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Long-term exposure to road traffic noise, ambient air pollution, and cardiovascular risk factors in the HUNT and lifelines cohorts

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posted on 28.02.2019, 09:34 by Y Cai, AL Hansell, M Blangiardo, PR Burton, BioSHaRE, K de Hoogh, D Doiron, I Fortier, J Gulliver, K Hveem, S Mbatchou, DW Morley, RP Stolk, WL Zijlema, P Elliott, S Hodgson
Aims: Blood biochemistry may provide information on associations between road traffic noise, air pollution, and cardiovascular disease risk. We evaluated this in two large European cohorts (HUNT3, Lifelines). Methods and results: Road traffic noise exposure was modelled for 2009 using a simplified version of the Common Noise Assessment Methods in Europe (CNOSSOS-EU). Annual ambient air pollution (PM10, NO2) at residence was estimated for 2007 using a Land Use Regression model. The statistical platform DataSHIELD was used to pool data from 144 082 participants aged ≥20 years to enable individual-level analysis. Generalized linear models were fitted to assess cross-sectional associations between pollutants and high-sensitivity C-reactive protein (hsCRP), blood lipids and for (Lifelines only) fasting blood glucose, for samples taken during recruitment in 2006-2013. Pooling both cohorts, an inter-quartile range (IQR) higher day-time noise (5.1 dB(A)) was associated with 1.1% [95% confidence interval (95% CI: 0.02-2.2%)] higher hsCRP, 0.7% (95% CI: 0.3-1.1%) higher triglycerides, and 0.5% (95% CI: 0.3-0.7%) higher high-density lipoprotein (HDL); only the association with HDL was robust to adjustment for air pollution. An IQR higher PM10 (2.0 µg/m3) or NO2 (7.4 µg/m3) was associated with higher triglycerides (1.9%, 95% CI: 1.5-2.4% and 2.2%, 95% CI: 1.6-2.7%), independent of adjustment for noise. Additionally for NO2, a significant association with hsCRP (1.9%, 95% CI: 0.5-3.3%) was seen. In Lifelines, an IQR higher noise (4.2 dB(A)) and PM10 (2.4 µg/m3) was associated with 0.2% (95% CI: 0.1-0.3%) and 0.6% (95% CI: 0.4-0.7%) higher fasting glucose respectively, with both remaining robust to adjustment for air/noise pollution. Conclusion: Long-term exposures to road traffic noise and ambient air pollution were associated with blood biochemistry, providing a possible link between road traffic noise/air pollution and cardio-metabolic disease risk.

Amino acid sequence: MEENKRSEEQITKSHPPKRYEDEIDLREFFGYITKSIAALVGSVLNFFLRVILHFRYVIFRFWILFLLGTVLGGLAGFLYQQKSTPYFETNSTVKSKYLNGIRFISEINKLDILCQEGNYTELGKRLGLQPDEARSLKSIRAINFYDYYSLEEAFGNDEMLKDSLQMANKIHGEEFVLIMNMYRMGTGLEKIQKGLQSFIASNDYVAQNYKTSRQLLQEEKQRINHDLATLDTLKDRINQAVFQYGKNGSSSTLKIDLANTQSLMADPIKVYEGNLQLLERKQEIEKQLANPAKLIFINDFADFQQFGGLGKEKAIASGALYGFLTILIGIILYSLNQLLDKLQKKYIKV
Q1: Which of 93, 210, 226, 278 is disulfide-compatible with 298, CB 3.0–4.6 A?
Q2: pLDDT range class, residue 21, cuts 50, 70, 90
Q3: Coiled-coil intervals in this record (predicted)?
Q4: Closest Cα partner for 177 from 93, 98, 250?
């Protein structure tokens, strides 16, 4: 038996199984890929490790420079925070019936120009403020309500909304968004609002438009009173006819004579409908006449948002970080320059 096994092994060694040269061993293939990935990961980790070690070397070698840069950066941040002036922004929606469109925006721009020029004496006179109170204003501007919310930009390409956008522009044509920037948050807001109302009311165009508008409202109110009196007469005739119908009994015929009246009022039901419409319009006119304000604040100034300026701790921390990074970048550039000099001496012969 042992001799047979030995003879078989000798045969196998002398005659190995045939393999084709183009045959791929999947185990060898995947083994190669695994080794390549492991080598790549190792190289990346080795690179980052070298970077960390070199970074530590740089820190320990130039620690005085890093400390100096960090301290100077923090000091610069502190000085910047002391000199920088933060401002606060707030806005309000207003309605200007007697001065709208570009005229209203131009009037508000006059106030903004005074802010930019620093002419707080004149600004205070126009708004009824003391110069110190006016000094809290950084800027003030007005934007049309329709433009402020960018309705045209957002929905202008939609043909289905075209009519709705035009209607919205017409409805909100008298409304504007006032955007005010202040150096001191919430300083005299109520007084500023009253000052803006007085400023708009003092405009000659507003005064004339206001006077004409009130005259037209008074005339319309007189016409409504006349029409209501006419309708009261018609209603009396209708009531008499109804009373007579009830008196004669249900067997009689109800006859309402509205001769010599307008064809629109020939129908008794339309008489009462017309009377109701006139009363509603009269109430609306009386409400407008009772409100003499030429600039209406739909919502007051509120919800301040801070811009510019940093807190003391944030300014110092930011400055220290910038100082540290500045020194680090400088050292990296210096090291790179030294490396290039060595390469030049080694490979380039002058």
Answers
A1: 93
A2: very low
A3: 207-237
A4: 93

European Union Seventh Framework Programme (FP7/2007-2013) Biobank Standardisation and Harmonisation for Research Excellence in the European Union-BioSHaRE-EU (Grant Number 261433). DataSHIELD development is also partly funded under a strategic award from UK Medical Research Council (MRC) and Wellcome Trust underpinning the ALSPAC (Avon Longitudinal Study of Parents and Children) project; and the Welsh and Scottish Farr Institutes funded by MRC, BBMRI-LPC (EU-FP7, I3 grant). The Lifelines Cohort Study, and generation and management of GWAS genotype data for the Lifelines Cohort Study is supported by the Netherlands Organization of Scientific Research NWO (Grant Number 175.010.2007.006); the Ministry of Economic Affairs; the Ministry of Education, Culture and Science; the Ministry for Health, Welfare and Sports; the Northern Netherlands Collaboration of Provinces (SNN); the Province of Groningen; University Medical Center Groningen, the University of Groningen; Dutch Kidney Foundation; and Dutch Diabetes Research Foundation. ESCAPE project was supported by European Community’s Seventh Framework Program (FP7/2007-2011) (Grant Number 211250). The MRC-PHE centre for Environment and Health is funded by the UK Medical Research Council and Public Health England (Grant Number MR/L01341X/1). This work used the computing resources of the UK MEDical BIOinformatics partnership (UK MED-BIO) which is supported by the Medical Research Council (Grant Number MR/L01632X/1). Y.C. acknowledges support from the Early-Career Research Fellowship awarded by the UK Medical Research Council-Public Health England Centre for Environment and Health (Grant Number MR/M501669/1).



Eur Heart J, 2017, 38 (29), pp. 2290-2296

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/Organisation/COLLEGE OF SCIENCE AND ENGINEERING/School of Geography, Geology and the Environment


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Eur Heart J


Oxford University Press for European Society of Cardiology



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